Letâ€™s just say, for example, that our government still followed the Constitution. I know it may be a stretch, but try to use your imagination. Would our currency be falling in value? No! And I can prove it. Until 1965 the United States made its quarters with 90% pure silver (10% copper to add strength). A 1964 quarter had 6.25 grams of silver back then, and back then 25 cents would buy you about one gallon of gas. Today 6.25 grams of silver is worth $3.13. So today you could cash in a 1964 quarter at a precious metals dealer and still buy yourself about one gallon of gas. Now, thatâ€™s what I call consistency!
Today quarters are made of 91.67% copper and 8.33% nickel (to give it a silver-like finish). Thatâ€™s right. They have no silver in them at all. Thatâ€™s why one of them barely buys you a gumball anymore. Is it becoming clear now why our founding fathers wanted us to keep our currency denominated in precious metals? Precious metals are rare, and the founding fathers wanted our money to be just as rare. Whatâ€™s happening today is counterfeiting in the literal sense of the word! But why is the government doing this?
Inflation lag time. Inflation doesnâ€™t happen over night, and the Fed is very aware of this. Since it takes time for newly printed money to bring down the value of the existing currency already in circulation, the first people to get their hands on the new money are able to use it at its highest value. In the recently passed $787 Billion Stimulus Bill, the new money will start making its way into the system by going to pay the people working on the various projects designed to stimulate the economy. Then, as the new money makes its way through the system, it slowly starts to dilute the rest of the money that is already out there. By the time it trickles down to the little guy, he needs it to pay the higher prices which have already adjusted to match the inflated money supply. So, what stimulus has really been achieved? None! It is a net zero change at best, and flat out robbery of those who hold cash at worst.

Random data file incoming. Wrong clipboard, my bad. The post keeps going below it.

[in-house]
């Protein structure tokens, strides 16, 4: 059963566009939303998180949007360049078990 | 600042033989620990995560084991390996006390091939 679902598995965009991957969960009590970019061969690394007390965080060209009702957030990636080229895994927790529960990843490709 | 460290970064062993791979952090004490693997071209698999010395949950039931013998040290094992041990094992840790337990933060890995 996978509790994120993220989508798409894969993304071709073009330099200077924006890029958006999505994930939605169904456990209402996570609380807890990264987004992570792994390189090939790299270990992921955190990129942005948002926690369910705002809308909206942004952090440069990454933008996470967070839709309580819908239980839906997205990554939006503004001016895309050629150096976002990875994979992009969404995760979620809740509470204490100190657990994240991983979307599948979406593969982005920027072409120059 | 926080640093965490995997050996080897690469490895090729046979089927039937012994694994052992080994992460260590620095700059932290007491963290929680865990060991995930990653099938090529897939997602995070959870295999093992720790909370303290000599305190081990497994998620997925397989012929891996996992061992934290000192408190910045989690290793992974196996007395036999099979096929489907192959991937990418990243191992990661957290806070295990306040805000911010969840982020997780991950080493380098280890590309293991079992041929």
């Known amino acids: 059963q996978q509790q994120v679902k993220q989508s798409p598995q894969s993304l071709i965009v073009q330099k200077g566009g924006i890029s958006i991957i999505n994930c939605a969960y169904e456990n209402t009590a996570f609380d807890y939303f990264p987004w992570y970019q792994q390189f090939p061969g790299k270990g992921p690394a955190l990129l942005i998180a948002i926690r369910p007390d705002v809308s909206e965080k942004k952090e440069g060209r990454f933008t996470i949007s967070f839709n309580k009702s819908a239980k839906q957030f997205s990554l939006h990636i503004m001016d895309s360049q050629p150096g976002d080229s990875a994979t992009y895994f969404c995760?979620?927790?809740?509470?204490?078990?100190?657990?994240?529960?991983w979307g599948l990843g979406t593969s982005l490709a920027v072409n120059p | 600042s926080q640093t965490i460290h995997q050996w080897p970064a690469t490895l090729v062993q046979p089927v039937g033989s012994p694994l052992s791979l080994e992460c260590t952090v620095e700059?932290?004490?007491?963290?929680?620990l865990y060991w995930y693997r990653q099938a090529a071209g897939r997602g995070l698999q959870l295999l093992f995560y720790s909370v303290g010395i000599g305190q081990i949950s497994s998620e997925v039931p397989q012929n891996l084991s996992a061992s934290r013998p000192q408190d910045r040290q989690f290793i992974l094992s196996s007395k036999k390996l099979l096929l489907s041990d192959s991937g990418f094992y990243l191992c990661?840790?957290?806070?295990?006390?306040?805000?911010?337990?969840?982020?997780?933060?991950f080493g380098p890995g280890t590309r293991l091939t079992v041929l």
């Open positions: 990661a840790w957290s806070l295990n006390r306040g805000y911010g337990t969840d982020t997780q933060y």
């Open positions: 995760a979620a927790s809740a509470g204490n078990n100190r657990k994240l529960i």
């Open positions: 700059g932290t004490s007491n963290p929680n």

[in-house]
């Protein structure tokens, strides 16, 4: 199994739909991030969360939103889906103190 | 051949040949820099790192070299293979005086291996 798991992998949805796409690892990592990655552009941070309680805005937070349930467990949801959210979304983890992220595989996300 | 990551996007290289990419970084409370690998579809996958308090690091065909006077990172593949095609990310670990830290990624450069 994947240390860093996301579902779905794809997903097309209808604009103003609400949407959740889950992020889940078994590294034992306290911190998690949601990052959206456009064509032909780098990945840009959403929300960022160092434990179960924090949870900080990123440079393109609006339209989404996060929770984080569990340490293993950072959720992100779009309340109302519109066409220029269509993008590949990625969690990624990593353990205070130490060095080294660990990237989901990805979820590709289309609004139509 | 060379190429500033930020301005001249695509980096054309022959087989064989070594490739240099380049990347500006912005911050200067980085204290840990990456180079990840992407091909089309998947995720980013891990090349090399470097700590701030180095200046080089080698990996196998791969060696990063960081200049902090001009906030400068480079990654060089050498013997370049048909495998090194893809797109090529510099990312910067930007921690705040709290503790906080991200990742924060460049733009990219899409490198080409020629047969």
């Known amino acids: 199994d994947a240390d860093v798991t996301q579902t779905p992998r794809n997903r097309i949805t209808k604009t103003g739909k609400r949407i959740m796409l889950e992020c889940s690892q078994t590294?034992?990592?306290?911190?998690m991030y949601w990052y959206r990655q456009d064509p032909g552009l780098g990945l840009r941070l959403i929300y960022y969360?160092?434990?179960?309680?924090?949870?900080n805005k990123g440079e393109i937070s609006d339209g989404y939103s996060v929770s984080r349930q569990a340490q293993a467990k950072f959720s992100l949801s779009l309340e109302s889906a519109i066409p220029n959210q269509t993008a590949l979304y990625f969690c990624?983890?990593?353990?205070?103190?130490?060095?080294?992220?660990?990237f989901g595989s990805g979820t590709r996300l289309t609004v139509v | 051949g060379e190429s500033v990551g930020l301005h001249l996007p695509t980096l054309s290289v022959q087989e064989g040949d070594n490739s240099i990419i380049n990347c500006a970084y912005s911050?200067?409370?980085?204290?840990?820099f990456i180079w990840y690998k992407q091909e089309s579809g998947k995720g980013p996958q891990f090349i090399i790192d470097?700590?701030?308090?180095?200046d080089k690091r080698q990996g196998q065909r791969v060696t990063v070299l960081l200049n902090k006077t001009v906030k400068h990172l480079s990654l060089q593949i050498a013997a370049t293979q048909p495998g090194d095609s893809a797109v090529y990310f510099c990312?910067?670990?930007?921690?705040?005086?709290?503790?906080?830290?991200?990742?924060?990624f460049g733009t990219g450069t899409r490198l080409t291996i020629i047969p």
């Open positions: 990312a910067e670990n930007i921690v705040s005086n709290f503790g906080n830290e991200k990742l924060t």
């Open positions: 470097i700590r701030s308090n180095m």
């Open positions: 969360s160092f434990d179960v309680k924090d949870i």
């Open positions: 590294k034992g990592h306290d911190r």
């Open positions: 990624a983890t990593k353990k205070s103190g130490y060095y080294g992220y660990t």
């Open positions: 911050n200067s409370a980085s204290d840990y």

Money for gold scams. Have you noticed the commercials that have been showing up on tv more frequently in the past couple years that say â€œSend us your unused or unwanted jewelry, and weâ€™ll send you cashâ€ ? Have you ever bothered to ask yourself why more and more businesses are popping up that are designed to offer you a convenient way to rid yourself of the precious metals lying around your house? These guys arenâ€™t stupid, but they know that the general public is. They are literally paying pennies on the dollar for your gold, melting it down and cashing in big time. People who fall for this scam are actually trading real money for monopoly money. They donâ€™t even know what they have!
Although it is completely disgusting what these scam artists are getting away with, the main reason I bring this up is not necessarily to expose this greedy business. It is to let you in on a secret. These businesses would not be so motivated to rob you if they didnâ€™t have an incredible appreciation for the value and potential for growth in precious metals. So, not only should you not be selling your gold and silver. You should be acquiring more of it if you can. If you canâ€™t pay the rent have a garage sale. But selling your gold and silver should be the absolute LAST thing on your list.
The Future of Commodities
Hindsight being 20/20 I bet you wish youâ€™d bought some oil, gold and silver back in 1999, donâ€™t you? Me too. Since commodities have been on a bull run for 10 years some may think it is stupid to get in at this point. Is it too late now? Legendary investor Jim Rogers says no. In his book Hot Commodities, Jim Rogers quotes a study by Barry Bannister which shows that for the past 130 years â€œâ€¦stocks and commodities have alternated leadership in regular cycles averaging 18 years.â€ Rogers backs this up with his own observations when he says â€œIt looks as if God himself were a trader who enjoyed playing the stock market for 18 years or so, and then switched to [commodities], until he got bored againâ€¦â€ If they are right, we have roughly another 8 years to go in this commodities bull run (give or take a few years). Combine that outlook with all this money printing as of late, and these next 8 years could see much bigger gains than the past 10 years because of inflation. So, I say better late than never.
I want to give a special shout out to my friend Mac Salvo at www.shtfplan.com for recently giving the Schaef Report a spot on his website. Now you can view the Schaef Report on his site (along with a lot of other great stuff). Also, thank you to all the new subscribers I picked up from that site. Tell your friends if you like what you read. As always, comments are appreciated.
Bye for now,